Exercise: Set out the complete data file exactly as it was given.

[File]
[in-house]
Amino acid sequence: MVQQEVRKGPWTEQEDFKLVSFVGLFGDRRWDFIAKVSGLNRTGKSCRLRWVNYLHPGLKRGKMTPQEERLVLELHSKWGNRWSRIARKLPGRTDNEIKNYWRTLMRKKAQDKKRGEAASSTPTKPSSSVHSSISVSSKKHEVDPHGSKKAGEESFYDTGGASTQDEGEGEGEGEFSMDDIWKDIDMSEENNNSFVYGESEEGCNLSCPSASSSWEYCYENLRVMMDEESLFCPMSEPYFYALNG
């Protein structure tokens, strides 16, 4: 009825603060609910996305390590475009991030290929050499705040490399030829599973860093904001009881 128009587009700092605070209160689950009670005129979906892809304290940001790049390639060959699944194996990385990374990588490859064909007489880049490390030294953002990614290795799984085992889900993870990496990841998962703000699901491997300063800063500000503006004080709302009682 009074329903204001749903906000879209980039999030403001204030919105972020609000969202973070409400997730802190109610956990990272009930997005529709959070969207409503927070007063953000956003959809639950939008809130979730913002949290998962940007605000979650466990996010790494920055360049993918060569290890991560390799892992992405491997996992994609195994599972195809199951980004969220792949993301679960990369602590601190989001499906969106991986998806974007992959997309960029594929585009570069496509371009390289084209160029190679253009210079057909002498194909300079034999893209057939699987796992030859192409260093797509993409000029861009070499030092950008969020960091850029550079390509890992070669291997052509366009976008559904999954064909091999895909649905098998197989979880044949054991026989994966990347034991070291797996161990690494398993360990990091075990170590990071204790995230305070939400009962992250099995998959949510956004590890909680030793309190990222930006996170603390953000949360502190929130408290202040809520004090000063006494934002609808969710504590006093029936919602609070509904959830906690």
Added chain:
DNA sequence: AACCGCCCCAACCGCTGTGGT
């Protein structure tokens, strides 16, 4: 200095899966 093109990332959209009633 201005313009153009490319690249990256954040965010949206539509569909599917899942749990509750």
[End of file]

[in-house]
Amino acid sequence: MVQQEVRKGPWTEQEDFKLVSFVGLFGDRRWDFIAKVSGLNRTGKSCRLRWVNYLHPGLKRGKMTPQEERLVLELHSKWGNRWSRIARKLPGRTDNEIKNYWRTLMRKKAQDKKRGEAASSTPTKPSSSVHSSISVSSKKHEVDPHGSKKAGEESFYDTGGASTQDEGEGEGEGEFSMDDIWKDIDMSEENNNSFVYGESEEGCNLSCPSASSSWEYCYENLRVMMDEESLFCPMSEPYFYALNG
């Protein structure tokens, strides 16, 4: 009825603060609910996305390590475009991030290929050499705040490399030829599973860093904001009881 128009587009700092605070209160689950009670005129979906892809304290940001790049390639060959699944194996990385990374990588490859064909007489880049490390030294953002990614290795799984085992889900993870990496990841998962703000699901491997300063800063500000503006004080709302009682 009074329903204001749903906000879209980039999030403001204030919105972020609000969202973070409400997730802190109610956990990272009930997005529709959070969207409503927070007063953000956003959809639950939008809130979730913002949290998962940007605000979650466990996010790494920055360049993918060569290890991560390799892992992405491997996992994609195994599972195809199951980004969220792949993301679960990369602590601190989001499906969106991986998806974007992959997309960029594929585009570069496509371009390289084209160029190679253009210079057909002498194909300079034999893209057939699987796992030859192409260093797509993409000029861009070499030092950008969020960091850029550079390509890992070669291997052509366009976008559904999954064909091999895909649905098998197989979880044949054991026989994966990347034991070291797996161990690494398993360990990091075990170590990071204790995230305070939400009962992250099995998959949510956004590890909680030793309190990222930006996170603390953000949360502190929130408290202040809520004090000063006494934002609808969710504590006093029936919602609070509904959830906690």
Added chain:
DNA sequence: AACCGCCCCAACCGCTGTGGT
């Protein structure tokens, strides 16, 4: 200095899966 093109990332959209009633 201005313009153009490319690249990256954040965010949206539509569909599917899942749990509750």